Add the mashed potatoes and mix well. Depending on the potatoes you use sometimes the stuffing can be too dry and it is hard to mix the mashed potatoes, in that case sprinkle some water while mixing potatoes. Finish with some coriander leaves. The potato filling for the masala dosa is ready.


Heat a big nonstick round pan/dosa pan until medium hot. Sprinkle a handful of water on the hot pan to cool it, then dry with some kitchen paper.

Very gently stir the fermented batter. Fermentation will have thickened the consistency, so you can add a little water to make it a pourable consistency. Add some salt.


Pour 1-2 ladle of the dosa batter in the middle of the pan. Using the bottom of the ladle, quickly move it in a circular motion, allowing the batter to spread outwards from the middle towards the edge of the pan, to form a round, thin pancake.

Drizzle a few drops of oil all over the dosa and increase the temperature to a medium to high heat. Continue to cook until the underside looks completely golden and crisp. Use a flat spatula to loosen the edges and roll the dosa.

Remove dosa from the griddle and serve hot with coconut chutney, Sambhar and potato masala.

(Before you make the next dosa, decrease the temperature of the pan back to a medium heat and repeat the above steps from sprinkling water and cleaning it).

Tips & Variations

  1. Fermentation is a key factor in getting crispy dosa. For proper fermentation of dosa batter a warm temperature is important. In cold climates, fermentation can take a longer time.
    -Keep the dosa batter bowl in a warm place – e.g., near a heater or in a warm place in your kitchen.
    -You can also preheat your oven at a low temperature (80 to 90 degrees Celsius) for about 10 to 15 minutes. Then switch off the oven and keep the batter bowl inside – I use this method when it becomes very cold outside.
    In winters, keep the batter for a longer time to ferment, like 14 to 24 hours.
  2. Do remember that even if you do not see the batter doubled or tripled, you should see tiny bubbles in the batter. You should also get the typical faint sour fermented aroma from the dosa batter.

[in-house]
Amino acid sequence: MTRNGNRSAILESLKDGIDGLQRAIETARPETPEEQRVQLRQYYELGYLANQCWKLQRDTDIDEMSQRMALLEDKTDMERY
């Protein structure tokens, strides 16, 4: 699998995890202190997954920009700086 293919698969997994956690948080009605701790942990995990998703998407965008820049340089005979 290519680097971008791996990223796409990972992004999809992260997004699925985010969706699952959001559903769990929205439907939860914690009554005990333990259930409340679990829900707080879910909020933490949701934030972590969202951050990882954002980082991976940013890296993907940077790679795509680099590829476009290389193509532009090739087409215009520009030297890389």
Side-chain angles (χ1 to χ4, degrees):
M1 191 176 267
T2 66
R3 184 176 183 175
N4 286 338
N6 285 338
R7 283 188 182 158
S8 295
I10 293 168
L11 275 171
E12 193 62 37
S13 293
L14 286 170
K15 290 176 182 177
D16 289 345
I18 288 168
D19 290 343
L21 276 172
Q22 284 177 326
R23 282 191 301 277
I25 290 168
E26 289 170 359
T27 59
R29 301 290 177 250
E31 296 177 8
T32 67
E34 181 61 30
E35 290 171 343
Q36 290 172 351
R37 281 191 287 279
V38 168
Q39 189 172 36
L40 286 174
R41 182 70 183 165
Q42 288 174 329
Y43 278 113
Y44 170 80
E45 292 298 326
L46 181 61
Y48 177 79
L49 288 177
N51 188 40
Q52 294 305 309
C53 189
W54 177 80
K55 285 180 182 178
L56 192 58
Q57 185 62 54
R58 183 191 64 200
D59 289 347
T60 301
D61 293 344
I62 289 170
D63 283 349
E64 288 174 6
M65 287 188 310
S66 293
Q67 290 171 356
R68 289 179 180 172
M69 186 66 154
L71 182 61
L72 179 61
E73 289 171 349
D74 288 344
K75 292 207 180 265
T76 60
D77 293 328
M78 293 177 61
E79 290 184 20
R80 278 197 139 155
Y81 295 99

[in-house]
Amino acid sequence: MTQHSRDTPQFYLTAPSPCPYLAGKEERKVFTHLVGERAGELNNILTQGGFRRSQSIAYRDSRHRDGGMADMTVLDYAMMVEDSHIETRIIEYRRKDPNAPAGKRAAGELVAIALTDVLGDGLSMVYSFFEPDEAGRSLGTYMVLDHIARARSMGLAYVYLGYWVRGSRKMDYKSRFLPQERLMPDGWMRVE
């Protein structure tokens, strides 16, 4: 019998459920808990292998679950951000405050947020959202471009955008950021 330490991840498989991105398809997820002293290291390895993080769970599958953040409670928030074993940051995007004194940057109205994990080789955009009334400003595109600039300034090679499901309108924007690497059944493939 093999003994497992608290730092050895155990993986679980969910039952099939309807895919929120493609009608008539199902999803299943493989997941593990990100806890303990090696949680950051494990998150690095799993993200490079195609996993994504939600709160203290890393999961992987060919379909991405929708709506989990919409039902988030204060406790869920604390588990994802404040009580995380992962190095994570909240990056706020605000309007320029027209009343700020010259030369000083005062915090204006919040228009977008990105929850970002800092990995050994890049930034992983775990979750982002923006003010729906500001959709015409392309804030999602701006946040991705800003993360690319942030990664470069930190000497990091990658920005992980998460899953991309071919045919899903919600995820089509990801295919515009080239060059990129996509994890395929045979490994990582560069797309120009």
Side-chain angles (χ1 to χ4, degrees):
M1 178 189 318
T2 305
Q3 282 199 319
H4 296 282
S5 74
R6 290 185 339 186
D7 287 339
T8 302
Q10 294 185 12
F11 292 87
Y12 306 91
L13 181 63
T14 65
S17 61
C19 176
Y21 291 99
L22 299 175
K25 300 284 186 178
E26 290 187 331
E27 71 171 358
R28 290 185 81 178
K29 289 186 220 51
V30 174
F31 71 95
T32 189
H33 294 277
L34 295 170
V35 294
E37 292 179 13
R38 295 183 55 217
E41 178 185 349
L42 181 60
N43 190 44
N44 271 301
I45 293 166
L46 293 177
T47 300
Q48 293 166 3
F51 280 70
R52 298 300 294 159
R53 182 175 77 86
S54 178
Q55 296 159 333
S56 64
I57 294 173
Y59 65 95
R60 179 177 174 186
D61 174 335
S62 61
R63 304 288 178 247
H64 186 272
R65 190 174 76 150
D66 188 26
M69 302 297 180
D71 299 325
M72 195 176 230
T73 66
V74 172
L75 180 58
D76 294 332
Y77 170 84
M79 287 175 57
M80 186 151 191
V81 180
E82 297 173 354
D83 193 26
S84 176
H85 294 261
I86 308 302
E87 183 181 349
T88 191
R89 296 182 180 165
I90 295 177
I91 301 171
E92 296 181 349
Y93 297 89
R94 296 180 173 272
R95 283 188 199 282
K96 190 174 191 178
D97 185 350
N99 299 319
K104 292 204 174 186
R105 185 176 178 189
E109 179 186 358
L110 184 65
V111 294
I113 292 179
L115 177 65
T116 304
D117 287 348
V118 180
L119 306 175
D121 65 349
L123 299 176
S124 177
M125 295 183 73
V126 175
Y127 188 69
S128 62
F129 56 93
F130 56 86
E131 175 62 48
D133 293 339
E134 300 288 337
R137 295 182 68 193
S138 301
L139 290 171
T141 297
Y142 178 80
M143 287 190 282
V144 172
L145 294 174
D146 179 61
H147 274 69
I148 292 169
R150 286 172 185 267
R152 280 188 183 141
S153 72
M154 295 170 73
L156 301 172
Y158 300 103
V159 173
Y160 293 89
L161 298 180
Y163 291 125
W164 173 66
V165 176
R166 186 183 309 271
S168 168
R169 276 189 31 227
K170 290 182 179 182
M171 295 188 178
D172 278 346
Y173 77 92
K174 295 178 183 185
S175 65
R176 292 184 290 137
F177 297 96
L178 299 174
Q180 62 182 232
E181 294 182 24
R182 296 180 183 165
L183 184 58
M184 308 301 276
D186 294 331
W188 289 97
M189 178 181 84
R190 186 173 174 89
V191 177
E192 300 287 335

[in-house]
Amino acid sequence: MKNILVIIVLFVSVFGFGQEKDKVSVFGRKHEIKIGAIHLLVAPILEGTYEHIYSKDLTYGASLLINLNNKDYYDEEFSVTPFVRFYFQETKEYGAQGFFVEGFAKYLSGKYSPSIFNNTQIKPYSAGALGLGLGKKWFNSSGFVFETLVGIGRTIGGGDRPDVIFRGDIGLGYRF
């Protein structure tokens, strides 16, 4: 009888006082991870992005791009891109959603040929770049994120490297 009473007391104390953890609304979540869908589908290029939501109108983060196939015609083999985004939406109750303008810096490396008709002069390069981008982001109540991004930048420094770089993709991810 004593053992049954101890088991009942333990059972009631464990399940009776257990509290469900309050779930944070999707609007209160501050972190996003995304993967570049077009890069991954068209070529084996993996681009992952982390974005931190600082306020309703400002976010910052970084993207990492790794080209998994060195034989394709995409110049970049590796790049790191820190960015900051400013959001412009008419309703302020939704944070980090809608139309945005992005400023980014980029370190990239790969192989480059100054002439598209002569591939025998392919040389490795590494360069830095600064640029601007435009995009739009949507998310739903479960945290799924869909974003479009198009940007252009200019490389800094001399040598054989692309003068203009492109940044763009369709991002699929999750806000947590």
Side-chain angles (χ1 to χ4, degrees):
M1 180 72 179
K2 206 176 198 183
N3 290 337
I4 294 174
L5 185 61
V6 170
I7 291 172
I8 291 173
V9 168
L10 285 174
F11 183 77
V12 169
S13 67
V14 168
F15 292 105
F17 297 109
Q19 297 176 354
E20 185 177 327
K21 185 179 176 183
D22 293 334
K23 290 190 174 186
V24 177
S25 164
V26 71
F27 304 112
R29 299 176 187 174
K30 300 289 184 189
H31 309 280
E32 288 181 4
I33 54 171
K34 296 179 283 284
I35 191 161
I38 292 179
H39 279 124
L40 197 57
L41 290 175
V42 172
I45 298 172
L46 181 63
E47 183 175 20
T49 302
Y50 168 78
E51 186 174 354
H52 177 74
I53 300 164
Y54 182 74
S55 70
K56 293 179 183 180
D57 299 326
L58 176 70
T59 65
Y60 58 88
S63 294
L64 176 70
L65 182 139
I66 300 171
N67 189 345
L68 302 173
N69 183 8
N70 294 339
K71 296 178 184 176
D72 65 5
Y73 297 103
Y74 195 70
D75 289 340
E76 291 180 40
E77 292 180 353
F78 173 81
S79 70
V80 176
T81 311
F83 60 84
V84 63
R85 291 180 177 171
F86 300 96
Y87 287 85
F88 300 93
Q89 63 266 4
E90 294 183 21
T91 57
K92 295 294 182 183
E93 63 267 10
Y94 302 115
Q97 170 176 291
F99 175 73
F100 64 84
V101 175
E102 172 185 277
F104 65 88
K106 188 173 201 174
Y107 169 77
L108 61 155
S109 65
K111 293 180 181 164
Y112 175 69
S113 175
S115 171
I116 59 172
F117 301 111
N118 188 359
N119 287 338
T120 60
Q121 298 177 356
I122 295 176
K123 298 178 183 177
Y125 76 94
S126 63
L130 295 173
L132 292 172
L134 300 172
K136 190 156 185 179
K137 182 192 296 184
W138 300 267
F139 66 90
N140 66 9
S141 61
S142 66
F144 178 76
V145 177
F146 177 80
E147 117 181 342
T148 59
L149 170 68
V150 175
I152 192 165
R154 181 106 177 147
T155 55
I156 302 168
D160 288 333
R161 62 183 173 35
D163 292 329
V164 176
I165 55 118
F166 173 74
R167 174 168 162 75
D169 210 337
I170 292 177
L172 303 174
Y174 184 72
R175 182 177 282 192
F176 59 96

3. Addition of fenugreek seeds (Methi seeds) helps in fermentation and gives a lovely taste to the dosa.
  4. Use a well-greased pan as that will help you take dosa off easily off the pan. If your pan is new, you need to season it to make sure it is ready to make dosa. I use a non-stick pan and that helps in loosening the dosa.
  5. Always clean the pan in-between each dosa with water and cloth. If the pan is too greasy then the dosa batter will not spread evenly and also the texture of the dosa turns out to be hard.
  6. While grinding, I add ice water to keep the batter from heating up.
  7. Medium-low heat is perfect for cooking dosa and you may need to adjust this on and off as the pan gets hot and cold during the cooking process.
  8. Always grind the batter to a smooth consistency before fermenting otherwise the batter will be grainy.
  9. Use batter at room temperature as if the batter is too cold the dosas will be white in colour when you cook.
  10. Keep the unused batter in fridge as the batter will continue to ferment and can turn sour.
  11. In most Asian shops you will find idli rice or parboiled rice. In case you do not have idli rice or dosa rice, use any short, grain rice. I buy the cheapest rice available in the grocery store in the UK and that works perfectly.
  12. You could use butter or ghee instead of oil.